FARMINGTON — The beer may have been good.
But the money used to pay for it wasn’t.
A customer at Three Rivers Brewing Company paid using a counterfeit $20, John Silva, the brewery owner, said.
The business deposited a fake bill into its bank account and the bank reported the forgery to the business Thursday evening, Silva said. The bill was likely used at the restaurant, pizzeria or tap room on Main Street in Farmington on Tuesday or Wednesday.
It was the first time the business ever learned it had been slighted money because of a fake bill, said Silva, who has owned the business since 1997.
Silva -- worried about local scam artists targeting businesses -- tried to quickly sound the alarm on the phony cash. He reported the counterfeit on the company’s Facebook page and he told police and other business owners on Thursday night.
“With these hard times, I think it’s going to happen more,” he said. “We need to help each other out.”
He also stocked up on counterfeit-detecting markers for employees and printed off checklists they can follow to ensure the money they take is true. The issue was brought up during staff meetings and employees will be looking for fake money, he said.
The counterfeit bill used this week appears fine to the untrained eye. Silva has pictures of the bill to use as a teaching tool. It appears the same as a real $20 but it’s missing a small security strip on the left-hand side of the president side of the bill.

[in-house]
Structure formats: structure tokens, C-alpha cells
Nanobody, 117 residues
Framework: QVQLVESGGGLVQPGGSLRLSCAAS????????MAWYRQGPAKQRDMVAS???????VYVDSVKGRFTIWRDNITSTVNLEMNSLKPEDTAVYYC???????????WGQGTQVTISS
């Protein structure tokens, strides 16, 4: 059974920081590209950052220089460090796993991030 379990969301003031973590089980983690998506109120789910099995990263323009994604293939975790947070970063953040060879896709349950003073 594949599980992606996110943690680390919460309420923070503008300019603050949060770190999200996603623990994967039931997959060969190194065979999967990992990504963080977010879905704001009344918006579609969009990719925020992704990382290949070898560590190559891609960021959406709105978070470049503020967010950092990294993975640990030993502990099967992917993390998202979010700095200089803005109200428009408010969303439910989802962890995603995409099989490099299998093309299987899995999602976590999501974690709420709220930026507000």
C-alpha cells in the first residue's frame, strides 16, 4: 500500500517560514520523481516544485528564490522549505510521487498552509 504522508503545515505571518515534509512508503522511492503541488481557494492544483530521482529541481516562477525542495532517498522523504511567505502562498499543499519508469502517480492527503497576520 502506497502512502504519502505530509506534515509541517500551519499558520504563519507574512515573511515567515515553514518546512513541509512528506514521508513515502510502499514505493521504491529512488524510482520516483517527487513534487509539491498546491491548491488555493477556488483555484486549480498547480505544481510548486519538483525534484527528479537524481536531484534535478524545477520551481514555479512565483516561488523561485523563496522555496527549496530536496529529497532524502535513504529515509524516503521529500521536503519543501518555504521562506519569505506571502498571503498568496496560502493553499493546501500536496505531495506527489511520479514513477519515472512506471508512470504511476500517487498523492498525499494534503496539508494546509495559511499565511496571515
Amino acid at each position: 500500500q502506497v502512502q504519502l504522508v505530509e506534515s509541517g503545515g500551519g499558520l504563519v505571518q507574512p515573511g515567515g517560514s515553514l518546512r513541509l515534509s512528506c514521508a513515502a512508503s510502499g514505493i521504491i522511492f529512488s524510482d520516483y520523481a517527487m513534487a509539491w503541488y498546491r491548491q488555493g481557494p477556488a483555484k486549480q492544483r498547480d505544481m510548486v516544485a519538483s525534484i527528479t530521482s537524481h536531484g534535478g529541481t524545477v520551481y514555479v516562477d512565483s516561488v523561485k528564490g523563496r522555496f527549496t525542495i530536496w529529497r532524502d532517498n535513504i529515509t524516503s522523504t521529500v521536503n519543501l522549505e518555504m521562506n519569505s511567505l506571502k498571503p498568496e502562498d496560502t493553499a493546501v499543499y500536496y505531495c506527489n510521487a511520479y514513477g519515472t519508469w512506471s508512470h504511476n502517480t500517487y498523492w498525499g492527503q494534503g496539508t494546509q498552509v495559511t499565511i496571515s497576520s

“We’re not FBI agents. If you weren’t trained you couldn’t tell” the difference, he said.
The United State Secret Service said on its website that people can check the accuracy of currency by examining the portrait, federal reserve and treasury seals, the border, serial numbers and paper. In 2011, the agency reported it confiscated $154.7 million in counterfeit currency and made 2,471 arrests nationwide, according to its most recent annual report.
Farmington police Lt. Taft Tracy said the brewery was the only local business that recently reported counterfeit money to police. But he advised business owners to be vigilant, because counterfeit money can appear in waves.
Portales police said 16 cases of counterfeit money being used have been reported to police in the southeast New Mexico town in the last three weeks, according to news reports.
“It’s important for people to be vigilant about it,” Tracy said. “It would be prudent for businesses to make sure employees are aware of” counterfeit currency.